Zdan was dumbstruck. Before him was not only the lady he’d gone to meet, but a roomful of businesspeople and politicians. He sat, as a fresher might sit amid a roomful of Harvard professors.

“We’ve been discussing your method of planting.”

Beatrice talked for several minutes. By the time she’d finished, Zdan thought they were going to re-green the whole of the Sahara.

“I am honoured you find my idea so interesting. But I am unclear…” he started.

Several men in the room grinned, and debate continued, entirely ignoring the farmer from Siwa. It was only when Zdan risked raising his voice to contribute a bold, new idea that he attracted full attention.

“Air balloons?” one of the financiers responded. “You want to float air balloons across the desert and drop silt from the basket?”

And then everyone wanted to talk at the same time.

The spokesperson for the Ministry of Agriculture and Land Reclamation banged the table. “The idea may not be as far-fetched as you think. According to my advisor, here, there are powered airships that can carry up to 160 tonnes of cargo. If this cargo happens to be silt that has been dehydrated by, say, 80% to 32 tonnes, then such a vessel could carry the equivalent of 800 tonnes. And we can fertilise many spirals with that.”

“Navigation? Altitude? Accuracy of the drop?” asked the representative of the Ministry of Water Resources and Irrigation.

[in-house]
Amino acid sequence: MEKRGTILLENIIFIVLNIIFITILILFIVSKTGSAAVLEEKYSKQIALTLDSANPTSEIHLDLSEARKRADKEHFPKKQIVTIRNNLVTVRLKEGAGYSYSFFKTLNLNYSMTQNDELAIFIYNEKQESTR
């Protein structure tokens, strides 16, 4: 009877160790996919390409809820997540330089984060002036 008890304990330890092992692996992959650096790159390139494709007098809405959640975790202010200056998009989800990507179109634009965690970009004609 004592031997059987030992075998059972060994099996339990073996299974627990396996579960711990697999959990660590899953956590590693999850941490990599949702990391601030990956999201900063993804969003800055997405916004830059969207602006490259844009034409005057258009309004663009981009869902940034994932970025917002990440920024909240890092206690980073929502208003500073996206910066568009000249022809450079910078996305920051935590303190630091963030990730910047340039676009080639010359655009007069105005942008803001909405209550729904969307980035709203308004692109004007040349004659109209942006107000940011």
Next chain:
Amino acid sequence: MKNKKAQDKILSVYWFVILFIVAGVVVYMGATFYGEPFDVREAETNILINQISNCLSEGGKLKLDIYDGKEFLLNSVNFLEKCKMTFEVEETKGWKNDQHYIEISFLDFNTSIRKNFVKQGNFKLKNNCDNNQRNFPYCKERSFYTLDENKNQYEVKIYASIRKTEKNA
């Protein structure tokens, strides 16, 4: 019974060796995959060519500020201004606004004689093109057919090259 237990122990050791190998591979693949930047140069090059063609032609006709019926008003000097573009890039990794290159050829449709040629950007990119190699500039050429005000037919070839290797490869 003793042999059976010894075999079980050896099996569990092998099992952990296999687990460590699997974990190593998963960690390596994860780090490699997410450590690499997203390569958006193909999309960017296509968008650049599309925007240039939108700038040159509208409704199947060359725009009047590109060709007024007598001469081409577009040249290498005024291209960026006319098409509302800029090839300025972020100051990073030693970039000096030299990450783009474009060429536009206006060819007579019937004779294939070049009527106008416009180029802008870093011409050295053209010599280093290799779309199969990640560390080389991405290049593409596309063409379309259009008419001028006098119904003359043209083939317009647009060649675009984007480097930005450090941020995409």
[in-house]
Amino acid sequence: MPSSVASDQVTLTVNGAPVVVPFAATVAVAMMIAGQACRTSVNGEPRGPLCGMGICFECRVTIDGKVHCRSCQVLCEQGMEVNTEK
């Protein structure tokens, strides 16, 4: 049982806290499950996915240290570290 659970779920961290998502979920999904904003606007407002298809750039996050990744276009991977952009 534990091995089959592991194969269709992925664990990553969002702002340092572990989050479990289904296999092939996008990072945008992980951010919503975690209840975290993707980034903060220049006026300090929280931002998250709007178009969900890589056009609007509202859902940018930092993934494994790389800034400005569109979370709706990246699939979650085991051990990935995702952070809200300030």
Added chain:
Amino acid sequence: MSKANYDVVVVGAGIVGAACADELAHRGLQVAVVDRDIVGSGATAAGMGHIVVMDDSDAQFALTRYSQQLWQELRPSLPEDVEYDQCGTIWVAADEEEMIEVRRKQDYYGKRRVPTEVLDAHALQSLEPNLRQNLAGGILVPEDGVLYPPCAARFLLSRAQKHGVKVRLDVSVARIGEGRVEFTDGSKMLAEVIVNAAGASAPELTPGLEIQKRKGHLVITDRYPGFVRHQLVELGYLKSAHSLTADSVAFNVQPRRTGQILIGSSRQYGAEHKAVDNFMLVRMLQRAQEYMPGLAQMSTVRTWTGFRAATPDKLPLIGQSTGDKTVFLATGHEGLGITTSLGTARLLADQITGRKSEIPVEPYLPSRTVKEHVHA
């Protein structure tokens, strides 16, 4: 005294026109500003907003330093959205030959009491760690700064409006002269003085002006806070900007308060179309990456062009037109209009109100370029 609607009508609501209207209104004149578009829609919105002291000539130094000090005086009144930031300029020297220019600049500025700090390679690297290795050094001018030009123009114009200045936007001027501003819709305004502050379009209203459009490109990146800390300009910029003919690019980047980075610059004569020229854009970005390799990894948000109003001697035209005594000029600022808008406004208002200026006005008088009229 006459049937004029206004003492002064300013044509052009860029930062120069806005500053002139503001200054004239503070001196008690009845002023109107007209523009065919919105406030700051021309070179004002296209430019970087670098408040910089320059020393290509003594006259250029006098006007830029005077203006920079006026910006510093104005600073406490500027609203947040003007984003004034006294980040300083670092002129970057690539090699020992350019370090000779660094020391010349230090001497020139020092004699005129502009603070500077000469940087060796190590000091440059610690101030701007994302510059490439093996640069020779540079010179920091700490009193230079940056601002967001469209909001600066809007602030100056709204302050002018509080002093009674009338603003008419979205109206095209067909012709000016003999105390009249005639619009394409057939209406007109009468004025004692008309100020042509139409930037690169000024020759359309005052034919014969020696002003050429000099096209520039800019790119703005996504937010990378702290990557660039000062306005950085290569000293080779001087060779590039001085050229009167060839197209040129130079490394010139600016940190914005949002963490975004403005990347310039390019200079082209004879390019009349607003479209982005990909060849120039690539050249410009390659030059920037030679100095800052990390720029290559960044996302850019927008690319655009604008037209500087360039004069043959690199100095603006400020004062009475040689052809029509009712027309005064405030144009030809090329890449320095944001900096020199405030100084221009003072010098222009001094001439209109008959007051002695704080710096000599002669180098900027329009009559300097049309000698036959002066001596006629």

“Yes, there are things to work out, but with GPS navigation and a flexible pipeline, it is not impossible,” said the former spokesperson. “But how can we irrigate these spirals, and where should they be located?”

Beatrice leaned over. “Ecoutez. Listen Zdan, you may wish to leave now. We have much to discuss. If you go to reception, you will find an envelope waiting for you. I will contact you this evening.”

Zdan stood, nodded to the group, then went to collect the envelope. Inside was a mobile phone, a receipt for the advance payment of three nights’ accommodation at Beatrice’s hotel and a note: ‘I believe your ideas will prove to be worth far more than the cost of a phone and accommodation, but please accept this as a token of our appreciation. Regards, Beatrice.’


At 8.30, next morning, Zdan was back in the hotel lobby. Beatrice arrived and smiled with an air of complicity.

“We have a breakthrough, Zdan! Let me update you before we go to the conference room. The Ministry of Water Resources and Irrigation, the European Investment Bank, and all the other parties recognise the merit of your idea, and all agree that we should develop a proof-of-concept model.”

Zdan placed his hand across his heart. “Allah be praised.”